Resurrection stars Tyra Banks and Busta Rhymes as two TV show creators who get a bunch of teenagers to spend the night in the Myers household for one night. They hope the show will present some scares, but little do they know that Michael himself will be haunting their shoot that night. There's absolutely zero real scares within the film, and you'll be rolling with laughter at their attempts to make you jump out of your seat. It's pathetic, really, but the addition of Banks and Rhymes to the cast makes this one comically bearable. As for Zombie's first remake - his sequel is a whole 'nother level of bad - I couldn't go thirty seconds without crying with laughter. Nothing in the film makes sense, and the attempt to give more of a back-story on a younger Michael Myers just proved to be over-the-top creepy. I don't know if I've ever laughed that much throughout a horror flick, but I could watch it over and over again and chuckle every single time.

Like Killer Klowns, I've also seen and reviewed this flick relatively recently. It's another made-for-TV movie that sends special ops forces onto a remote island in search of a kidnapped agent. Unbeknownst to the good guys and the bad guys is the fact that the island is populated with supposedly extinct dinosaurs that start to off the humans one by one. Aside from the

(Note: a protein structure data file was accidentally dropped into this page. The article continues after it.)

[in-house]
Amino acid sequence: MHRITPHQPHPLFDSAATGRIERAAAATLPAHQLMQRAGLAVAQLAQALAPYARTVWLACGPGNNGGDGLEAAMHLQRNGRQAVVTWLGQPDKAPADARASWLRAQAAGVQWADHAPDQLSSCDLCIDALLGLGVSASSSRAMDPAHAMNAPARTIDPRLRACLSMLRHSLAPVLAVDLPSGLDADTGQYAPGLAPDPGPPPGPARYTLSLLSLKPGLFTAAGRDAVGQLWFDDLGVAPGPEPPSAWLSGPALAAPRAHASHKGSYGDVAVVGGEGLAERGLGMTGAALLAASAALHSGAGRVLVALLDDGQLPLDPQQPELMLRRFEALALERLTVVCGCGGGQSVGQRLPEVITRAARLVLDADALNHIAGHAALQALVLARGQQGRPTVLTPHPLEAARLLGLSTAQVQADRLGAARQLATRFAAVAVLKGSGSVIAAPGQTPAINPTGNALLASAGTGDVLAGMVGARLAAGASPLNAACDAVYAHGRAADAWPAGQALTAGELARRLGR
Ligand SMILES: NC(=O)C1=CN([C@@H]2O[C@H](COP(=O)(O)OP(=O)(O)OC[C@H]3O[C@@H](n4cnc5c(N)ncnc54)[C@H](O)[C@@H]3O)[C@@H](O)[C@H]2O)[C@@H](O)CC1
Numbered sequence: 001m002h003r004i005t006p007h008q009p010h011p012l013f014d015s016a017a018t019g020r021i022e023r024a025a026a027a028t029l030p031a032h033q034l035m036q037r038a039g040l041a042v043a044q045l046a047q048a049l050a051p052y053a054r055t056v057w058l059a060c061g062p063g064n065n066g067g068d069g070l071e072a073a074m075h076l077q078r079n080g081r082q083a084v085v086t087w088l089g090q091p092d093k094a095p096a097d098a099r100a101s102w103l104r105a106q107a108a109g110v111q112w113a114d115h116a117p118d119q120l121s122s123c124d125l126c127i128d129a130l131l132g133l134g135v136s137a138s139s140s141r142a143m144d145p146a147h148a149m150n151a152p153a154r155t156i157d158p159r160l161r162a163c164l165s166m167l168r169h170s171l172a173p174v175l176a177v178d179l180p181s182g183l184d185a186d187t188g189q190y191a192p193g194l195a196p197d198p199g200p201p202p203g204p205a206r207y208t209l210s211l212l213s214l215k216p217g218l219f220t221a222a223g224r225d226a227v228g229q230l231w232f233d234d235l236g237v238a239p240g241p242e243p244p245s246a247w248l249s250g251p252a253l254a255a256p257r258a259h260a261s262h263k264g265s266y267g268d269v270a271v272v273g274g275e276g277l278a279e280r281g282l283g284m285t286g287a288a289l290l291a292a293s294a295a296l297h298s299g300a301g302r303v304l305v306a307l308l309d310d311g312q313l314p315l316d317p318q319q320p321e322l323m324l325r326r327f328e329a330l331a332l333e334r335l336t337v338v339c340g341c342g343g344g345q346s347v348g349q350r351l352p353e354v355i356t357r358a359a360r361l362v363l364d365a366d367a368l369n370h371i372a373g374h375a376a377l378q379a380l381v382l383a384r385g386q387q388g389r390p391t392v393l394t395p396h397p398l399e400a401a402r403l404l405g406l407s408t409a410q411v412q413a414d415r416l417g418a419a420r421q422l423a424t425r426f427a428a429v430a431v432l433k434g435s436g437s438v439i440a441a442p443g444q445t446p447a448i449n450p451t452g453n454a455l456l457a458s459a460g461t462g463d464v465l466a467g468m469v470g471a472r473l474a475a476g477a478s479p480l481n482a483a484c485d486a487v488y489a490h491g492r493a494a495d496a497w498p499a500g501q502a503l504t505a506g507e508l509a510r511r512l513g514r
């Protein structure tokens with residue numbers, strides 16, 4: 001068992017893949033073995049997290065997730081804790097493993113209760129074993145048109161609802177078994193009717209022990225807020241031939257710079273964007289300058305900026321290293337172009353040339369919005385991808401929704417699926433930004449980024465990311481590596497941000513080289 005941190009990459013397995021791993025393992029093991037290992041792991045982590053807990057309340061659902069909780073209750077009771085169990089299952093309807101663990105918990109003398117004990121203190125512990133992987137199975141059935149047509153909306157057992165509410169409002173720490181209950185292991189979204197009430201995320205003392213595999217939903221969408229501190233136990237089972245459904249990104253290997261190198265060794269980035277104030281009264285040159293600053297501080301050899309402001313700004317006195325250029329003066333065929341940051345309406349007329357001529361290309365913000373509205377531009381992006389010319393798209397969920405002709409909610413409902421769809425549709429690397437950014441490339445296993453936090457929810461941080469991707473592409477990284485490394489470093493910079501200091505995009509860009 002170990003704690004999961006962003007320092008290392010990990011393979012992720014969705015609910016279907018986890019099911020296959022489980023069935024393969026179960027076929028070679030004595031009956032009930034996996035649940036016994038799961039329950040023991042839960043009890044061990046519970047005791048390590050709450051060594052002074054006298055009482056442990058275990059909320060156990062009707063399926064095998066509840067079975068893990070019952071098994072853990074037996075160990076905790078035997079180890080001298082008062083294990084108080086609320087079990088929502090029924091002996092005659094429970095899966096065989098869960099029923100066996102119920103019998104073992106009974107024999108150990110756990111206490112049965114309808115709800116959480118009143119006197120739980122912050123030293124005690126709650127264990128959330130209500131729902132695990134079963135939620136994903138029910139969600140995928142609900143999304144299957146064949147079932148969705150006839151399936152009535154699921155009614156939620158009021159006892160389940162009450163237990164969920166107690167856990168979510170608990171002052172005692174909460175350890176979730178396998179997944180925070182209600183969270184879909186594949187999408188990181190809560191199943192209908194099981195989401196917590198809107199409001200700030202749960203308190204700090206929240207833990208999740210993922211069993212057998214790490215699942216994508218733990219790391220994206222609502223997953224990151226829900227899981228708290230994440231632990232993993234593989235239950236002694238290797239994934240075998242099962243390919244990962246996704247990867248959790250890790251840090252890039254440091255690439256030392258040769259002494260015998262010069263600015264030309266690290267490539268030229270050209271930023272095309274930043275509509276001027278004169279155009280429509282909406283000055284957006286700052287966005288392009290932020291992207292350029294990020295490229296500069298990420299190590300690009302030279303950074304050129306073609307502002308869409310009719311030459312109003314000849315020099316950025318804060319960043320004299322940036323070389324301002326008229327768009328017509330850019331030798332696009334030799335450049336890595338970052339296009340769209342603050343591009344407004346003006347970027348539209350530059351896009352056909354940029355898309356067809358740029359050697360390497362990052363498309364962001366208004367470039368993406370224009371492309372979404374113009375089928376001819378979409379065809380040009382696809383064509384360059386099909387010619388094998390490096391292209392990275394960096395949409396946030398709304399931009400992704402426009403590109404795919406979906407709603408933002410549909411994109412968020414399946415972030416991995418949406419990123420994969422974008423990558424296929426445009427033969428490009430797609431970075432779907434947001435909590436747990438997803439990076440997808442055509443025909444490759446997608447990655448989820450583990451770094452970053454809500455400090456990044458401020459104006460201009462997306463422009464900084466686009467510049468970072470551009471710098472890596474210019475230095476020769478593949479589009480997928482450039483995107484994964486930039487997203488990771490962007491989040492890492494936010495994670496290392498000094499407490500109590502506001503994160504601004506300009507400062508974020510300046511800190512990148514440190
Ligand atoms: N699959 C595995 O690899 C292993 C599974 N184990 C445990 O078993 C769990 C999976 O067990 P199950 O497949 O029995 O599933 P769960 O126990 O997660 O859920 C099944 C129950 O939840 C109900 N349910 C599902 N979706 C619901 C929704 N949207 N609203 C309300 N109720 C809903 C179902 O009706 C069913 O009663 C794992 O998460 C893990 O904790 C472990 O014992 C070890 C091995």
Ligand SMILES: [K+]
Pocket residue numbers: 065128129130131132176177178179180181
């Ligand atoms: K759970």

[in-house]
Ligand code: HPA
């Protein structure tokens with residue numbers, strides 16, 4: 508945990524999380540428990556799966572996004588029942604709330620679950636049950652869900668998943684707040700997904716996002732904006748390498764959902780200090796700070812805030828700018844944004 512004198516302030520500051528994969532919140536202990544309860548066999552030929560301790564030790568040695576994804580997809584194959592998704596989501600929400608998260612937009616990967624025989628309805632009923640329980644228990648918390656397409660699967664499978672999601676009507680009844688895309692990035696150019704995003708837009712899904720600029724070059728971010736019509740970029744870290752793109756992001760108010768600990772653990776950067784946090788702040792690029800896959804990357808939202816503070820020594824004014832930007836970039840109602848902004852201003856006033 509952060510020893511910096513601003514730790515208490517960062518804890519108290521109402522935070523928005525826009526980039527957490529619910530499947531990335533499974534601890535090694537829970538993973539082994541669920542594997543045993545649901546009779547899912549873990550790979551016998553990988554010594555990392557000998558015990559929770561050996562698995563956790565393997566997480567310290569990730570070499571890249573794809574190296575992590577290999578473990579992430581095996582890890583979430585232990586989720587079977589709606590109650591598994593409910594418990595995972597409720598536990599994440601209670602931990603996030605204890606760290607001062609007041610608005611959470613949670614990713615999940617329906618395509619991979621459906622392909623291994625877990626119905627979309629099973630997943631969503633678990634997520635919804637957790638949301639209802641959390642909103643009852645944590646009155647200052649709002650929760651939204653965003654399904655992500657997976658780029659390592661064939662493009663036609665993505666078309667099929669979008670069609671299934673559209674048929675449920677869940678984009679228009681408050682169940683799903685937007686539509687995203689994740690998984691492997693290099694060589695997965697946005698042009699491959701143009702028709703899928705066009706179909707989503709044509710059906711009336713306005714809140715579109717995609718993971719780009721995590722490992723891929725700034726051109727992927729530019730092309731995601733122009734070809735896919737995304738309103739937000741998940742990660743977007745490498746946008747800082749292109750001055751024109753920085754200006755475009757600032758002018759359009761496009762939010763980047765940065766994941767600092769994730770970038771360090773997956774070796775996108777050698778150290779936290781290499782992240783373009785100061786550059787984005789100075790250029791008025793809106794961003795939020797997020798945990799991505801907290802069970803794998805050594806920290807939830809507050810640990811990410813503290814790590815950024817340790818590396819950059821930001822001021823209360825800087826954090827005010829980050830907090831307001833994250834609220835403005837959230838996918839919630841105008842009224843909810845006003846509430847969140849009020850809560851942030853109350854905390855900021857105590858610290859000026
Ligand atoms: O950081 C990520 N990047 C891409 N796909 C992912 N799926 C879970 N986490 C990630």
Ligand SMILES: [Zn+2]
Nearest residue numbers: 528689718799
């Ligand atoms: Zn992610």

standard crappy acting we receive from Sci-Fi original movies, there's quite a bit of badness to enjoy in this one. The dialogue is horrendously bad, and you'll be scratching your head in wonder as you try to understand what normal human being would actually speak the way these characters speak. But the "best" part about the movie are the terrible special effects. With the actual "raptors," you can tell that the effects guys tried to make something slightly resembling the velociraptors from Jurassic Park; however, they look much more cartoonish this time around. Also, whenever they happen to get hit by a stray bullet, there's a slight explosion of red (to signify blood, of course), but there's never any lasting wound on any of the creatures. It looks like the effects were created on a computer in about ten minutes, and that's probably all the effort that was really needed for a flick like this.